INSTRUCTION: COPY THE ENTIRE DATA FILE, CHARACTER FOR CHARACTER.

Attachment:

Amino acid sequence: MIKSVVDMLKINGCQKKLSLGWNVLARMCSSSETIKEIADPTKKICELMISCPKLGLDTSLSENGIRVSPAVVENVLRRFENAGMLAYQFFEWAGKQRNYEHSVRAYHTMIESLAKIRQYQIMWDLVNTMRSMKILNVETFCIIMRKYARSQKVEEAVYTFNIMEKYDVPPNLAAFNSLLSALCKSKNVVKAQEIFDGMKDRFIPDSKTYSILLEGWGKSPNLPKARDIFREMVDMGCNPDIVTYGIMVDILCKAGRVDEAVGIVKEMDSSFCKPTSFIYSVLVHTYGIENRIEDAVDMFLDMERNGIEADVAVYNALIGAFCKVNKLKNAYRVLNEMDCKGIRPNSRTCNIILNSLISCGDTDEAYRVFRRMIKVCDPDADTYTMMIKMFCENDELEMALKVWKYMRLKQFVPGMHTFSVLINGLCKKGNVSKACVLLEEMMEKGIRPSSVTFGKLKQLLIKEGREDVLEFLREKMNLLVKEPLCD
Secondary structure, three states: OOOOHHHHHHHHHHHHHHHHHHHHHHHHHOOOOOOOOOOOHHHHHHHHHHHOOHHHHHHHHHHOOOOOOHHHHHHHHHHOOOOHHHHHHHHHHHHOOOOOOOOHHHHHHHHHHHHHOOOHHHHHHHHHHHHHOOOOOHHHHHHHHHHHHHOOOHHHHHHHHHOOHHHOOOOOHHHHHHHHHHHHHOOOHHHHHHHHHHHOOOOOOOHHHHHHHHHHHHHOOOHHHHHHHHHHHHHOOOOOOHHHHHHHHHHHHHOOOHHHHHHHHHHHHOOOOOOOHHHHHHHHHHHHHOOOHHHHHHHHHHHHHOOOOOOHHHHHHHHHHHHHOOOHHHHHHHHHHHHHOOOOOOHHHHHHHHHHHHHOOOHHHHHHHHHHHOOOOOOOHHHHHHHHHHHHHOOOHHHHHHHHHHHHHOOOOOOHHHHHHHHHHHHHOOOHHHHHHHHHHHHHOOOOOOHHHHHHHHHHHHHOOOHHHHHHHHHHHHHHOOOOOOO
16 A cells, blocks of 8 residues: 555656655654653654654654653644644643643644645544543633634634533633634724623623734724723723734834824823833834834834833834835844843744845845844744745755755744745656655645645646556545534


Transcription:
Amino acid sequence: MIKSVVDMLKINGCQKKLSLGWNVLARMCSSSETIKEIADPTKKICELMISCPKLGLDTSLSENGIRVSPAVVENVLRRFENAGMLAYQFFEWAGKQRNYEHSVRAYHTMIESLAKIRQYQIMWDLVNTMRSMKILNVETFCIIMRKYARSQKVEEAVYTFNIMEKYDVPPNLAAFNSLLSALCKSKNVVKAQEIFDGMKDRFIPDSKTYSILLEGWGKSPNLPKARDIFREMVDMGCNPDIVTYGIMVDILCKAGRVDEAVGIVKEMDSSFCKPTSFIYSVLVHTYGIENRIEDAVDMFLDMERNGIEADVAVYNALIGAFCKVNKLKNAYRVLNEMDCKGIRPNSRTCNIILNSLISCGDTDEAYRVFRRMIKVCDPDADTYTMMIKMFCENDELEMALKVWKYMRLKQFVPGMHTFSVLINGLCKKGNVSKACVLLEEMMEKGIRPSSVTFGKLKQLLIKEGREDVLEFLREKMNLLVKEPLCD
Secondary structure, three states: OOOOHHHHHHHHHHHHHHHHHHHHHHHHHOOOOOOOOOOOHHHHHHHHHHHOOHHHHHHHHHHOOOOOOHHHHHHHHHHOOOOHHHHHHHHHHHHOOOOOOOOHHHHHHHHHHHHHOOOHHHHHHHHHHHHHOOOOOHHHHHHHHHHHHHOOOHHHHHHHHHOOHHHOOOOOHHHHHHHHHHHHHOOOHHHHHHHHHHHOOOOOOOHHHHHHHHHHHHHOOOHHHHHHHHHHHHHOOOOOOHHHHHHHHHHHHHOOOHHHHHHHHHHHHOOOOOOOHHHHHHHHHHHHHOOOHHHHHHHHHHHHHOOOOOOHHHHHHHHHHHHHOOOHHHHHHHHHHHHHOOOOOOHHHHHHHHHHHHHOOOHHHHHHHHHHHOOOOOOOHHHHHHHHHHHHHOOOHHHHHHHHHHHHHOOOOOOHHHHHHHHHHHHHOOOHHHHHHHHHHHHHOOOOOOHHHHHHHHHHHHHOOOHHHHHHHHHHHHHHOOOOOOO
16 A cells, blocks of 8 residues: 555656655654653654654654653644644643643644645544543633634634533633634724623623734724723723734834824823833834834834833834835844843744845845844744745755755744745656655645645646556545534